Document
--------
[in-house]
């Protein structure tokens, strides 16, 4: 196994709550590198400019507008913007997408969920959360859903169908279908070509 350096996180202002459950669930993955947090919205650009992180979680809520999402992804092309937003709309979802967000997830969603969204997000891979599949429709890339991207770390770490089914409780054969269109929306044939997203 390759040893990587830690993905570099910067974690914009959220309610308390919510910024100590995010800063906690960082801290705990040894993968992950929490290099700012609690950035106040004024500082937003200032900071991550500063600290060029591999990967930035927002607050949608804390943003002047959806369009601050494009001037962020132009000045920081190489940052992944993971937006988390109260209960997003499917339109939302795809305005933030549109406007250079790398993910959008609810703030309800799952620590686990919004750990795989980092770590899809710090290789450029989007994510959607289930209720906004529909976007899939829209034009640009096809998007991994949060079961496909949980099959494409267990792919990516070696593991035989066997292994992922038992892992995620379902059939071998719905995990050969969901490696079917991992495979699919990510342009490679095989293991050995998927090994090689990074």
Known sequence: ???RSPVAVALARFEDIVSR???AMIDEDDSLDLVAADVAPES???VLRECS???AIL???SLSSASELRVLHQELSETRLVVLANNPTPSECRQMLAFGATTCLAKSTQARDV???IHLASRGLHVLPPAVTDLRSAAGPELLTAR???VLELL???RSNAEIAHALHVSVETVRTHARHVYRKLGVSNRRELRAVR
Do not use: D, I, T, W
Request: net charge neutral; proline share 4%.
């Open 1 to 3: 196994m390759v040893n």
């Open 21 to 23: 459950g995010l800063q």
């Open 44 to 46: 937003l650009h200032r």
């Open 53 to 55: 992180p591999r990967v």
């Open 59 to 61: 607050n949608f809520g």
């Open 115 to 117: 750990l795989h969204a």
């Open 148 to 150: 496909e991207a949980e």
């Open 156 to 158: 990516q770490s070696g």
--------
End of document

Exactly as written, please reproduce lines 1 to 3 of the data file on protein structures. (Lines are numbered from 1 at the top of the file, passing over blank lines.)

[in-house]
């Protein structure tokens, strides 16, 4: 196994709550590198400019507008913007997408969920959360859903169908279908070509 350096996180202002459950669930993955947090919205650009992180979680809520999402992804092309937003709309979802967000997830969603969204997000891979599949429709890339991207770390770490089914409780054969269109929306044939997203 390759040893990587830690993905570099910067974690914009959220309610308390919510910024100590995010800063906690960082801290705990040894993968992950929490290099700012609690950035106040004024500082937003200032900071991550500063600290060029591999990967930035927002607050949608804390943003002047959806369009601050494009001037962020132009000045920081190489940052992944993971937006988390109260209960997003499917339109939302795809305005933030549109406007250079790398993910959008609810703030309800799952620590686990919004750990795989980092770590899809710090290789450029989007994510959607289930209720906004529909976007899939829209034009640009096809998007991994949060079961496909949980099959494409267990792919990516070696593991035989066997292994992922038992892992995620379902059939071998719905995990050969969901490696079917991992495979699919990510342009490679095989293991050995998927090994090689990074």
Known sequence: ???RSPVAVALARFEDIVSR???AMIDEDDSLDLVAADVAPES???VLRECS???AIL???SLSSASELRVLHQELSETRLVVLANNPTPSECRQMLAFGATTCLAKSTQARDV???IHLASRGLHVLPPAVTDLRSAAGPELLTAR???VLELL???RSNAEIAHALHVSVETVRTHARHVYRKLGVSNRRELRAVR